In a surprising development, the gig economy is now the primary source of income for most workers in the sector (61%), not just a means of supplementing other income. Traditionally the gig economy has been a convenient way to earn additional money on top of other work, such as delivering parcels outside of normal working hours, but never before a conscious career choice.
Despite employment being perceived as more stable than picking up potentially precarious work in the gig economy, the number of workers who have left or plan to leave jobs to join the gig economy has increased by 40% in the last year. This tells us that either people do not feel that their jobs are as stable that they used to be, that the gig economy is more stable than we perceive it, or that other factors are at play which are more important than stability.
According to the research by Branch, an instant payment platform, workers are drawn to gigging for the potential to earn more money (78%), followed by flexibility (68%), and faster pay (52%). The trend of juggling multiple platforms has continued, with 71% (of the 1000 gig workers surveyed) saying they rely on two or more apps, compared to 60% in 2021.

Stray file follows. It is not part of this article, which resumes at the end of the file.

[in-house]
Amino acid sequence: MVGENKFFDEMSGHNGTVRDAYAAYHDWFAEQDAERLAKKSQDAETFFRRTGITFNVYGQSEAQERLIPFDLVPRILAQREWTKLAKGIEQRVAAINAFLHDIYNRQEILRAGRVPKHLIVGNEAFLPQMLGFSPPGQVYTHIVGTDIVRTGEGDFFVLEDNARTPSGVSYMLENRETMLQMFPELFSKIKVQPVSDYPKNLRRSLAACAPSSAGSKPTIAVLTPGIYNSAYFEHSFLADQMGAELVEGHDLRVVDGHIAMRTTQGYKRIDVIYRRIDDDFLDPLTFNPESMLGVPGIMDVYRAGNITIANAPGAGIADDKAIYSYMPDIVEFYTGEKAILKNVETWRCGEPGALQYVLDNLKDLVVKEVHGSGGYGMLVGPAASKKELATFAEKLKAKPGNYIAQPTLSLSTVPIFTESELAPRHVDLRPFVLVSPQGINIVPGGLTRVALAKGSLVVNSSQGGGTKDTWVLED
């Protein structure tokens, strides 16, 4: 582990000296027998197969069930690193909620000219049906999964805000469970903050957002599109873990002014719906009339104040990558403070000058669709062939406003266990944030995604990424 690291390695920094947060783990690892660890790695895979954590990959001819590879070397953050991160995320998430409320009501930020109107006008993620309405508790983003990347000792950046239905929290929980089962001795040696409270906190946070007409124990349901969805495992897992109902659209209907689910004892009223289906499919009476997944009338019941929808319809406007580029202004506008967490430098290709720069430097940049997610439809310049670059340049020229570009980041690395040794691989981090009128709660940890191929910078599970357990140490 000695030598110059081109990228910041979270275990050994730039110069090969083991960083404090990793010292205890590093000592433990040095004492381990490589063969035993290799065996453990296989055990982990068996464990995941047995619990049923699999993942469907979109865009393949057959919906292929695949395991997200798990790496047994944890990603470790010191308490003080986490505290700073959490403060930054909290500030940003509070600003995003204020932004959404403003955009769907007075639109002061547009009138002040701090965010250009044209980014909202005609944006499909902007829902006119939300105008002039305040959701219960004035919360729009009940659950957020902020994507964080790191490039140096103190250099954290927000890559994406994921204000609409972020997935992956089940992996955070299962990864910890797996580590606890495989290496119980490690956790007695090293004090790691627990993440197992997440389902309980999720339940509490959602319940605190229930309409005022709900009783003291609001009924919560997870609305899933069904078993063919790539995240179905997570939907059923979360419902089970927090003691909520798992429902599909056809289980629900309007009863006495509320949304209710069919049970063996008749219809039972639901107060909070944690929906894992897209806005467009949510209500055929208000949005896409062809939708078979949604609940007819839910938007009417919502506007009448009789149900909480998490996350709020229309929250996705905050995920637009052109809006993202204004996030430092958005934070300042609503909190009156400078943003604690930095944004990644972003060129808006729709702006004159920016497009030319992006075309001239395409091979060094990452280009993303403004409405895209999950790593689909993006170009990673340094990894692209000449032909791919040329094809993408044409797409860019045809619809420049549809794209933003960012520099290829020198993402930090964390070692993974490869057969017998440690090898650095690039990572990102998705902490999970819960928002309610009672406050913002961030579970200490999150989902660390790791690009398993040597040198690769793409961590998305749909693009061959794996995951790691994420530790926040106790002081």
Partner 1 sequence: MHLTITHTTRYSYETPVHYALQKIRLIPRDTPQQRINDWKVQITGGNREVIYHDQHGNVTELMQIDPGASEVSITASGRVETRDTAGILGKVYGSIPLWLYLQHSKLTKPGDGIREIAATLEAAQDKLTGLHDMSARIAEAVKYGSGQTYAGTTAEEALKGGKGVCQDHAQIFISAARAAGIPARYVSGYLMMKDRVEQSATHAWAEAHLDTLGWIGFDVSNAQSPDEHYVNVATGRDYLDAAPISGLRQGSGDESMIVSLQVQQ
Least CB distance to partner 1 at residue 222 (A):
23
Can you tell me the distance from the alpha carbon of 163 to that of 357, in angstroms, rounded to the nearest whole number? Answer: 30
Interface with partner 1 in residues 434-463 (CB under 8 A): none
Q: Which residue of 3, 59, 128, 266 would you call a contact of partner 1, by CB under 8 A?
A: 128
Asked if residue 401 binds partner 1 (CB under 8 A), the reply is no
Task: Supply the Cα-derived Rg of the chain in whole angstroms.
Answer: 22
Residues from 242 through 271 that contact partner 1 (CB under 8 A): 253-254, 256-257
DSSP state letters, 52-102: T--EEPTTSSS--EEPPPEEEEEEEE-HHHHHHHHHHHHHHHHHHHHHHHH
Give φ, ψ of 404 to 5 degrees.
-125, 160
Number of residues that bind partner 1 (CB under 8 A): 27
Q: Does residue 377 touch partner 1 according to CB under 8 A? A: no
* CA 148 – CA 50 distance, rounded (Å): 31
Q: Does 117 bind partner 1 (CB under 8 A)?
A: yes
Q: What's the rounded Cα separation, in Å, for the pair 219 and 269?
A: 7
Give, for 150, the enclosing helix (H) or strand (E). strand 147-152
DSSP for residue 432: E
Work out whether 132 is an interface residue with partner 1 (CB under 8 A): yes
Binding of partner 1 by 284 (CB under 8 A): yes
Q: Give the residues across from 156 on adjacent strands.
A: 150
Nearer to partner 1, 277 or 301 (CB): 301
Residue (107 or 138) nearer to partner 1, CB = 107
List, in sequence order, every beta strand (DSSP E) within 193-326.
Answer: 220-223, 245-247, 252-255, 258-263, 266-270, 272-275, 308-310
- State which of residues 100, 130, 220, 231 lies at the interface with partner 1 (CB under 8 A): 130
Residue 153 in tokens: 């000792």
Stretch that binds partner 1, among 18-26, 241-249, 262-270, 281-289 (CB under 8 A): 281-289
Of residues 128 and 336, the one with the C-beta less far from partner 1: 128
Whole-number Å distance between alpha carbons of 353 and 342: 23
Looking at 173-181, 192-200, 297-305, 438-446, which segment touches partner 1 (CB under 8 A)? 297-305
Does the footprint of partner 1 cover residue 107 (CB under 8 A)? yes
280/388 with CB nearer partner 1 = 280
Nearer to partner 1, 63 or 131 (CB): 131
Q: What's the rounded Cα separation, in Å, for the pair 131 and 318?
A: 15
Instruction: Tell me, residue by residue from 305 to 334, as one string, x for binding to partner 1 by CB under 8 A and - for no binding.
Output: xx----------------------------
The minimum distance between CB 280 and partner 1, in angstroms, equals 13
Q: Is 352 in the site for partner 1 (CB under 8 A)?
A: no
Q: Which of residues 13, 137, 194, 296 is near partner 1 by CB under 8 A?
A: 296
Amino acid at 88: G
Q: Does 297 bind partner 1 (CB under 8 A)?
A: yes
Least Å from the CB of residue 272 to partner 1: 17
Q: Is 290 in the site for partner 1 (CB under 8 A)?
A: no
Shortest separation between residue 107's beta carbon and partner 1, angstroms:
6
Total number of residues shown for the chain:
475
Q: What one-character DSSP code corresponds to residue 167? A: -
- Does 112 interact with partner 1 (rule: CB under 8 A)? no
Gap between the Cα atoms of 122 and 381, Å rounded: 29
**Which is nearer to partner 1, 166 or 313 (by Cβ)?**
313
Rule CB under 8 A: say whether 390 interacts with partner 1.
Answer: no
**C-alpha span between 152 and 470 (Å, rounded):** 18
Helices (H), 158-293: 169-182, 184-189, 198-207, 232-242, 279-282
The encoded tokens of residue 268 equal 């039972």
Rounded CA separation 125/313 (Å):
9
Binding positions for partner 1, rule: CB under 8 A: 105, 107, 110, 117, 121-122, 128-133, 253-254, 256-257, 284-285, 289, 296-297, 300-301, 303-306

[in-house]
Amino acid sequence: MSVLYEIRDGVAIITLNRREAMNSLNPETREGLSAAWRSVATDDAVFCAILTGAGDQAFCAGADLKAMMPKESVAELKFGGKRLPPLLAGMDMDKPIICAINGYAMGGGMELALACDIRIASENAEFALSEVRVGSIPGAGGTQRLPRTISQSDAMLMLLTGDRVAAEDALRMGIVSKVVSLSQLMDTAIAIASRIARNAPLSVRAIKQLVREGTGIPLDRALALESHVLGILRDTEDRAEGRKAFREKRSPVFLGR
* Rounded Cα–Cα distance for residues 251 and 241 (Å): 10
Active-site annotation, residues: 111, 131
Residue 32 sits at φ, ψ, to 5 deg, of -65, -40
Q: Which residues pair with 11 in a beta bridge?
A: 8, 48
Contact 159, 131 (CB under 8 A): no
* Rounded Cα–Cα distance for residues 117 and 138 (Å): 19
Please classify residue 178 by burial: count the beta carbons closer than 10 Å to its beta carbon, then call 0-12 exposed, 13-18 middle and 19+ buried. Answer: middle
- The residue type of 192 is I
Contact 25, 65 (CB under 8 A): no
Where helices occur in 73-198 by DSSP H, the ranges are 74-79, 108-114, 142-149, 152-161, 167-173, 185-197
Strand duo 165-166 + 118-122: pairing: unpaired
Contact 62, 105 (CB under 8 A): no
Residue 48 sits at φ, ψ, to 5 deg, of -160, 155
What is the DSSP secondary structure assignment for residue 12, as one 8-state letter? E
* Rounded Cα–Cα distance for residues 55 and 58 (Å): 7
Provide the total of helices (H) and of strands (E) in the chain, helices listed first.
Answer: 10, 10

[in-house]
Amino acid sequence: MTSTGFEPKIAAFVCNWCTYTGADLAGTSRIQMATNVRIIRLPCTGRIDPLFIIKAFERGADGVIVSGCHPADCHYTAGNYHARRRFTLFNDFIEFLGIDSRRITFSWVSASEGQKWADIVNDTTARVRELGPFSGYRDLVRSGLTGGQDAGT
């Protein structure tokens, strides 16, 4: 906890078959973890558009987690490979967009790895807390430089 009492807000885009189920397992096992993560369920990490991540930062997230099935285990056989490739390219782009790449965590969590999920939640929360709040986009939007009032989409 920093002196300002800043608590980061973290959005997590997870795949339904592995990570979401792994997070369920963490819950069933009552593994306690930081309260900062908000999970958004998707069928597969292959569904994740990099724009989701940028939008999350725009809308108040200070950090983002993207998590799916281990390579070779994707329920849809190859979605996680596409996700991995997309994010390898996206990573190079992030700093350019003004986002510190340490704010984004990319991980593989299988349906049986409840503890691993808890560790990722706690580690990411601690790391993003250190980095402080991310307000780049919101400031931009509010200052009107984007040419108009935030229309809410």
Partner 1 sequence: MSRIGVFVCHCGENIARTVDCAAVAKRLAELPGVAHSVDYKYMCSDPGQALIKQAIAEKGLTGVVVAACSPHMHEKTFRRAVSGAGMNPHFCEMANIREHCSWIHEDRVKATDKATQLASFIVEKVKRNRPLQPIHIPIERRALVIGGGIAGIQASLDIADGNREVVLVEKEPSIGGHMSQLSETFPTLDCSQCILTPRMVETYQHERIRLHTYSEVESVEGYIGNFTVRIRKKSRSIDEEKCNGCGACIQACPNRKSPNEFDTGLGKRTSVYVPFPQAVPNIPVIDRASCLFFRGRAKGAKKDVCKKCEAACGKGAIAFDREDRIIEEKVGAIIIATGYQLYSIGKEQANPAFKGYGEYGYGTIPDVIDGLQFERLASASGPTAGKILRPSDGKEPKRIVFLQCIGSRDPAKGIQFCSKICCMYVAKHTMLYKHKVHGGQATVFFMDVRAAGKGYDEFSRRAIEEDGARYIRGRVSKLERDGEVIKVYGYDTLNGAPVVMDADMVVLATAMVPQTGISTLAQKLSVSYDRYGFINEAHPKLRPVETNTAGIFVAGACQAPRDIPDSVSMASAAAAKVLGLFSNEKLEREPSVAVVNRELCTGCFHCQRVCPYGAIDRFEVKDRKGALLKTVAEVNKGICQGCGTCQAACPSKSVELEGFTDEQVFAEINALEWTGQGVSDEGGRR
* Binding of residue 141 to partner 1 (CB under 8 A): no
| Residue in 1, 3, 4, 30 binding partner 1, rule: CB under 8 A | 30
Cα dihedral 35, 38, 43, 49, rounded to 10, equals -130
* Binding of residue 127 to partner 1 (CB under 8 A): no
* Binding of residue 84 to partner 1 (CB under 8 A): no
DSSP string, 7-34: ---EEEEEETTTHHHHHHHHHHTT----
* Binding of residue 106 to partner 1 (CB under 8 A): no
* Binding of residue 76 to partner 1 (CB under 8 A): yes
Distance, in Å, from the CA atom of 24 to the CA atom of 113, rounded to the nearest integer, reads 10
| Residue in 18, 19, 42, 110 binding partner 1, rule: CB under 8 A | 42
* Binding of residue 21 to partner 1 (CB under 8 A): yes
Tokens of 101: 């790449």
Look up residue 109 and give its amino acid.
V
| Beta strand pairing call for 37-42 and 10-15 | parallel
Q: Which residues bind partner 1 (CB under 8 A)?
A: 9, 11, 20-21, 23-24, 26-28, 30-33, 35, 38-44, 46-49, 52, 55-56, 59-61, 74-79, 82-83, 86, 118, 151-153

The gig economy seems to be the prevail of younger workers, with most (61%) being aged 42 or younger, it could simply be that it’s a convenient way to earn money rather than attempting to carve out a ‘traditional’ career path from scratch.
In any case, the evidence suggests that working in the gig economy is increasingly a positive choice for people, and one that is preferred to permanent employment.